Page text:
Mayor Catherine Pugh has fired Baltimore Police Commissioner Kevin Davis and hired Deputy Commissioner Daryll DeSousa as his replacement.
Pugh announced the change Friday morning.
She said Davis worked hard , but that she'd grown "impatient" waiting for crime numbers in Baltimore to drop and wanted to see "new, creative, innovative ways to change what we're seeing here every day".
DeSousa said he is an operational type of person.
"I'm a chess player and I don't like to be out-witted," he said.
He said he'll focus on putting more patrol officers on the streets and reducing overtime. He also said he wants to give district commanders more resources. DeSousa, a thirty year veteran of the force, was once a commanding officer of the Northeast District and then chief of the department's patrol division.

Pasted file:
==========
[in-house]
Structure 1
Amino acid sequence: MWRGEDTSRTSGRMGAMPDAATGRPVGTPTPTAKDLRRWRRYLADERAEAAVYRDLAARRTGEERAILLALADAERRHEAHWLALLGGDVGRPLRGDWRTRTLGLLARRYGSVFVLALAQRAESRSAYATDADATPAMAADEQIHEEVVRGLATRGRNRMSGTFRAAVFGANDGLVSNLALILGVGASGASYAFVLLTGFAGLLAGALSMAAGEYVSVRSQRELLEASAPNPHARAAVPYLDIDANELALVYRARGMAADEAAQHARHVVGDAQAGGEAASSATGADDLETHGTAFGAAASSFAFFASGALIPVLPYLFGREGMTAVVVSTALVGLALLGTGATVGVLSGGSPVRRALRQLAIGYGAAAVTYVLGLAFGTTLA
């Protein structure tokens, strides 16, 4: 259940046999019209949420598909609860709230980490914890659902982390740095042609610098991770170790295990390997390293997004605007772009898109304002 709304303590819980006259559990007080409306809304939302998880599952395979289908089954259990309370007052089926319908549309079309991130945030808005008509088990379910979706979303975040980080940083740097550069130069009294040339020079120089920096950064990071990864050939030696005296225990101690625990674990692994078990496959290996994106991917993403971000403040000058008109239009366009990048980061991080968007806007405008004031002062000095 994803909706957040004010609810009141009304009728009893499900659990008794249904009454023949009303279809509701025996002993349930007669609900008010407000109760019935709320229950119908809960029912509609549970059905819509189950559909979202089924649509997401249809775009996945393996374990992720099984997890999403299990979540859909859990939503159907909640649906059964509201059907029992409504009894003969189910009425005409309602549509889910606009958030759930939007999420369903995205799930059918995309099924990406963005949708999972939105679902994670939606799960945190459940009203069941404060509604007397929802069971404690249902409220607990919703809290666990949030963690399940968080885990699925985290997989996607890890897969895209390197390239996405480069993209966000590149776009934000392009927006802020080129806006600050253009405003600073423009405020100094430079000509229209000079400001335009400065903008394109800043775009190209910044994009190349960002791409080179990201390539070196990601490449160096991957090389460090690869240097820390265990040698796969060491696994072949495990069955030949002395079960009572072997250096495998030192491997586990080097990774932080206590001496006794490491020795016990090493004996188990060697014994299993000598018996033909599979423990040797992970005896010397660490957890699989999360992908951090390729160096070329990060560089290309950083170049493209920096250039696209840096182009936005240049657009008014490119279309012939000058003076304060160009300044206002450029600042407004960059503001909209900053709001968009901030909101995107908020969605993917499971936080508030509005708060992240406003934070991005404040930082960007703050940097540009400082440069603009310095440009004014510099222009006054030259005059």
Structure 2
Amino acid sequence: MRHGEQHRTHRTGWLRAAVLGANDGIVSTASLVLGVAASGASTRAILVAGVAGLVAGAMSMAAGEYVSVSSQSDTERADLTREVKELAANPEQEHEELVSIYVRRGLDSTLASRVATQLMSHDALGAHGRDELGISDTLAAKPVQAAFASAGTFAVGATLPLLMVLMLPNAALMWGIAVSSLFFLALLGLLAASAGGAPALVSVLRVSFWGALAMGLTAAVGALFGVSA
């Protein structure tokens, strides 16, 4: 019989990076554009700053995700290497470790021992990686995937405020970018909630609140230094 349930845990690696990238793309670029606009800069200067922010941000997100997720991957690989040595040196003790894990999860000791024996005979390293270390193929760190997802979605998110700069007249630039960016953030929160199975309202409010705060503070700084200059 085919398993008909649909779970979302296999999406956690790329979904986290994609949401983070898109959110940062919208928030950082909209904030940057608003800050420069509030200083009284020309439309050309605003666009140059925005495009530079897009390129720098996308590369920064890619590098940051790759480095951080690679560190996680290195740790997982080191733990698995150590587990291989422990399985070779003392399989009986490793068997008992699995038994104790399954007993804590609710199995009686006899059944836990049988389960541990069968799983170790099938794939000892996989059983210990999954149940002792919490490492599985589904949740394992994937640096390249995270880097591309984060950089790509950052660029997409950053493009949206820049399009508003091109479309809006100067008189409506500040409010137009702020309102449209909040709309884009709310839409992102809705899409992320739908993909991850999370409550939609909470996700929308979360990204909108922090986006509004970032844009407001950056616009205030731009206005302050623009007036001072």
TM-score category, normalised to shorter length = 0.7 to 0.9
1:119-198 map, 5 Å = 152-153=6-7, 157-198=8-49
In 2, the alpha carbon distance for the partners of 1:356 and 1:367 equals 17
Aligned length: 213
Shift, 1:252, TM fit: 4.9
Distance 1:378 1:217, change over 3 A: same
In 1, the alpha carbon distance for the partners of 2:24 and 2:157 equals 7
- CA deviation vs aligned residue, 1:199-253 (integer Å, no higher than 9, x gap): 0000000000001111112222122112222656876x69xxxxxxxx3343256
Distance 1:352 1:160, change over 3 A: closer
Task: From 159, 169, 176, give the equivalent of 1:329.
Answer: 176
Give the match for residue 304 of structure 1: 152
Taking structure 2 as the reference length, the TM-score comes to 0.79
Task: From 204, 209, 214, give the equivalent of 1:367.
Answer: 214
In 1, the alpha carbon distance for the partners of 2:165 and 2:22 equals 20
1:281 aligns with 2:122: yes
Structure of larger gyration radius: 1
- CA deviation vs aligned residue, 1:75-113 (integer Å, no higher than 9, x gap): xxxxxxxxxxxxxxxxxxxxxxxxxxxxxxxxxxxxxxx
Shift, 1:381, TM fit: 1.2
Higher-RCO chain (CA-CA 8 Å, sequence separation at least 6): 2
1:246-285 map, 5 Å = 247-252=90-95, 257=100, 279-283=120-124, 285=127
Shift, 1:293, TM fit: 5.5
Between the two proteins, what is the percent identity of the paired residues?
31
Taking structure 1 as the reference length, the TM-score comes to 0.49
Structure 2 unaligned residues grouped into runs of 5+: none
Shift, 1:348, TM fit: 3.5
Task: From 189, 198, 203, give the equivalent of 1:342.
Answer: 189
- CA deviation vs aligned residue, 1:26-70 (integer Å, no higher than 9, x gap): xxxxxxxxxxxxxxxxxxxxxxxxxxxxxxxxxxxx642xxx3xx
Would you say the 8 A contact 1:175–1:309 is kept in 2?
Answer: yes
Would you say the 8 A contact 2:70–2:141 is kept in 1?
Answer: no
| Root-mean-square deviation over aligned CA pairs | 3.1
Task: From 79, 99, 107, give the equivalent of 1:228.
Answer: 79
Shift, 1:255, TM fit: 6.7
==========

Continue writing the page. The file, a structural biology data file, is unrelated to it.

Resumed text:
He said Baltimore cops will engage in "proactive, constitutional policing."
In 2016, a scathing U.S. Department of Justice report found Baltimore police regularly violated resident's constitutional rights and used excessive force. The Baltimore Police Department is operating under a consent decree requiring sweeping reforms.
Under Commissioner Davis, the city saw 343 homicides last year.
"We can't have that," Pugh said.
Critics have charged that police officers of "pulling back" on their policing because of the critical DOJ report and because of the unrest that followed the death of Freddie Gray, a 25-year old African-American man who died in police custody in 2015.
Baltimore police have also been in the national news recently because of the high level officer corruption cases exposed by the FBI. Six of the eight members of the elite Gun Trace Task Force who were accused of racketeering have pleaded guilty. And Detective Sean Suiter, who was killed last November, was shot the day before he was to testify before a federal grand jury in that case.
No one has been arrested in Suiter's death.
Asked what his plans plans are for that case, DeSousa said he will sit down with the mayor and the FBI and provide the public with "complete transparency with the case."